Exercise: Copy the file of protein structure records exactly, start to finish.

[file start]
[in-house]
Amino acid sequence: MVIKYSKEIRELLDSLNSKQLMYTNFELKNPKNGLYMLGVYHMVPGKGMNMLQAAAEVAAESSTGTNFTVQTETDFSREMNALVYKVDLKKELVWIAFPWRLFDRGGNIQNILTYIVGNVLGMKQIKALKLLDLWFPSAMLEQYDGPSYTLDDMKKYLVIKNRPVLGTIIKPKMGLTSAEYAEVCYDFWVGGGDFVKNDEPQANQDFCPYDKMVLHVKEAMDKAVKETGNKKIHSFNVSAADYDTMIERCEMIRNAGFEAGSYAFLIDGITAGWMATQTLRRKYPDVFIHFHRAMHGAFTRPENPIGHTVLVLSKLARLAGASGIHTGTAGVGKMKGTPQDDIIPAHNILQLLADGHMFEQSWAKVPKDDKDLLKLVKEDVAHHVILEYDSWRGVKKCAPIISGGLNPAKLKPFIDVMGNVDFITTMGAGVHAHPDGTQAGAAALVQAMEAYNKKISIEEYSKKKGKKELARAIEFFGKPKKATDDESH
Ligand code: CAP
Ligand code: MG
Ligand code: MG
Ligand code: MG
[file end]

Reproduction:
[in-house]
Amino acid sequence: MVIKYSKEIRELLDSLNSKQLMYTNFELKNPKNGLYMLGVYHMVPGKGMNMLQAAAEVAAESSTGTNFTVQTETDFSREMNALVYKVDLKKELVWIAFPWRLFDRGGNIQNILTYIVGNVLGMKQIKALKLLDLWFPSAMLEQYDGPSYTLDDMKKYLVIKNRPVLGTIIKPKMGLTSAEYAEVCYDFWVGGGDFVKNDEPQANQDFCPYDKMVLHVKEAMDKAVKETGNKKIHSFNVSAADYDTMIERCEMIRNAGFEAGSYAFLIDGITAGWMATQTLRRKYPDVFIHFHRAMHGAFTRPENPIGHTVLVLSKLARLAGASGIHTGTAGVGKMKGTPQDDIIPAHNILQLLADGHMFEQSWAKVPKDDKDLLKLVKEDVAHHVILEYDSWRGVKKCAPIISGGLNPAKLKPFIDVMGNVDFITTMGAGVHAHPDGTQAGAAALVQAMEAYNKKISIEEYSKKKGKKELARAIEFFGKPKKATDDESH
Ligand code: CAP
Ligand code: MG
Ligand code: MG
Ligand code: MG